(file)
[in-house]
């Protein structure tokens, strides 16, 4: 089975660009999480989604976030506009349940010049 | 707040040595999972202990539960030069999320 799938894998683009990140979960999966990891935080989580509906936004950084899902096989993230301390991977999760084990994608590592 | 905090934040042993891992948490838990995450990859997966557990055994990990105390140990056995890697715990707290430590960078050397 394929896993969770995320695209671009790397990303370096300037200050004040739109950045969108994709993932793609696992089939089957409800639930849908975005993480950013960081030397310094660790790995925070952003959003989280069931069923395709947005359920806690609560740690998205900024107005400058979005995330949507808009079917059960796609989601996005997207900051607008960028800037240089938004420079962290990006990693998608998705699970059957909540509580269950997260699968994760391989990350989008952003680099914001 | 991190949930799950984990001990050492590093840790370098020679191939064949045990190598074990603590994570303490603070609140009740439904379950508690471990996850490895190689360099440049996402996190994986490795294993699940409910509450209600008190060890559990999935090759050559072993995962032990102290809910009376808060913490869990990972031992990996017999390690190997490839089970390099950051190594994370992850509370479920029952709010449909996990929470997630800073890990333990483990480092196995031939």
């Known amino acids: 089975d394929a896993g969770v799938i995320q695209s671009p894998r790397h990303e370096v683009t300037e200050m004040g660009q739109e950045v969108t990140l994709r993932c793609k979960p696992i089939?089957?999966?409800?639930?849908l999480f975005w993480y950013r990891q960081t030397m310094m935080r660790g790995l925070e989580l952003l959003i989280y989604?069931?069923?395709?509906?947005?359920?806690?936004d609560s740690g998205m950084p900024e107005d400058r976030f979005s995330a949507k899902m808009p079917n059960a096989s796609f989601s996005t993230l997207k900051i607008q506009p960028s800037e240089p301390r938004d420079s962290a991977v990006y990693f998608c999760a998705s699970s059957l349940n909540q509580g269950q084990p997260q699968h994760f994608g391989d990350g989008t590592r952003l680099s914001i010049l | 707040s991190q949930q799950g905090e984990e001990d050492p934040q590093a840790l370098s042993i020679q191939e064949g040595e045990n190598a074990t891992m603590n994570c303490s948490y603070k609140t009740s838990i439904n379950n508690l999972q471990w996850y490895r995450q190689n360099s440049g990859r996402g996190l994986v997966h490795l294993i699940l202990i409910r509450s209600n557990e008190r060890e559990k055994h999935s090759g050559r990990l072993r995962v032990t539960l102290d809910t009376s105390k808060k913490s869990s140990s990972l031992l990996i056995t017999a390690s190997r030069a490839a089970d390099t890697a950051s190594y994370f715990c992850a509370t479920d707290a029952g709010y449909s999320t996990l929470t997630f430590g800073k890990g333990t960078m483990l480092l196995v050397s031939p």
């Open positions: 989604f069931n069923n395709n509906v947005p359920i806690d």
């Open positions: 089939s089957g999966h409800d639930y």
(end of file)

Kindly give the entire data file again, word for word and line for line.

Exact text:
[in-house]
């Protein structure tokens, strides 16, 4: 089975660009999480989604976030506009349940010049 | 707040040595999972202990539960030069999320 799938894998683009990140979960999966990891935080989580509906936004950084899902096989993230301390991977999760084990994608590592 | 905090934040042993891992948490838990995450990859997966557990055994990990105390140990056995890697715990707290430590960078050397 394929896993969770995320695209671009790397990303370096300037200050004040739109950045969108994709993932793609696992089939089957409800639930849908975005993480950013960081030397310094660790790995925070952003959003989280069931069923395709947005359920806690609560740690998205900024107005400058979005995330949507808009079917059960796609989601996005997207900051607008960028800037240089938004420079962290990006990693998608998705699970059957909540509580269950997260699968994760391989990350989008952003680099914001 | 991190949930799950984990001990050492590093840790370098020679191939064949045990190598074990603590994570303490603070609140009740439904379950508690471990996850490895190689360099440049996402996190994986490795294993699940409910509450209600008190060890559990999935090759050559072993995962032990102290809910009376808060913490869990990972031992990996017999390690190997490839089970390099950051190594994370992850509370479920029952709010449909996990929470997630800073890990333990483990480092196995031939």
């Known amino acids: 089975d394929a896993g969770v799938i995320q695209s671009p894998r790397h990303e370096v683009t300037e200050m004040g660009q739109e950045v969108t990140l994709r993932c793609k979960p696992i089939?089957?999966?409800?639930?849908l999480f975005w993480y950013r990891q960081t030397m310094m935080r660790g790995l925070e989580l952003l959003i989280y989604?069931?069923?395709?509906?947005?359920?806690?936004d609560s740690g998205m950084p900024e107005d400058r976030f979005s995330a949507k899902m808009p079917n059960a096989s796609f989601s996005t993230l997207k900051i607008q506009p960028s800037e240089p301390r938004d420079s962290a991977v990006y990693f998608c999760a998705s699970s059957l349940n909540q509580g269950q084990p997260q699968h994760f994608g391989d990350g989008t590592r952003l680099s914001i010049l | 707040s991190q949930q799950g905090e984990e001990d050492p934040q590093a840790l370098s042993i020679q191939e064949g040595e045990n190598a074990t891992m603590n994570c303490s948490y603070k609140t009740s838990i439904n379950n508690l999972q471990w996850y490895r995450q190689n360099s440049g990859r996402g996190l994986v997966h490795l294993i699940l202990i409910r509450s209600n557990e008190r060890e559990k055994h999935s090759g050559r990990l072993r995962v032990t539960l102290d809910t009376s105390k808060k913490s869990s140990s990972l031992l990996i056995t017999a390690s190997r030069a490839a089970d390099t890697a950051s190594y994370f715990c992850a509370t479920d707290a029952g709010y449909s999320t996990l929470t997630f430590g800073k890990g333990t960078m483990l480092l196995v050397s031939p």
């Open positions: 989604f069931n069923n395709n509906v947005p359920i806690d």
């Open positions: 089939s089957g999966h409800d639930y």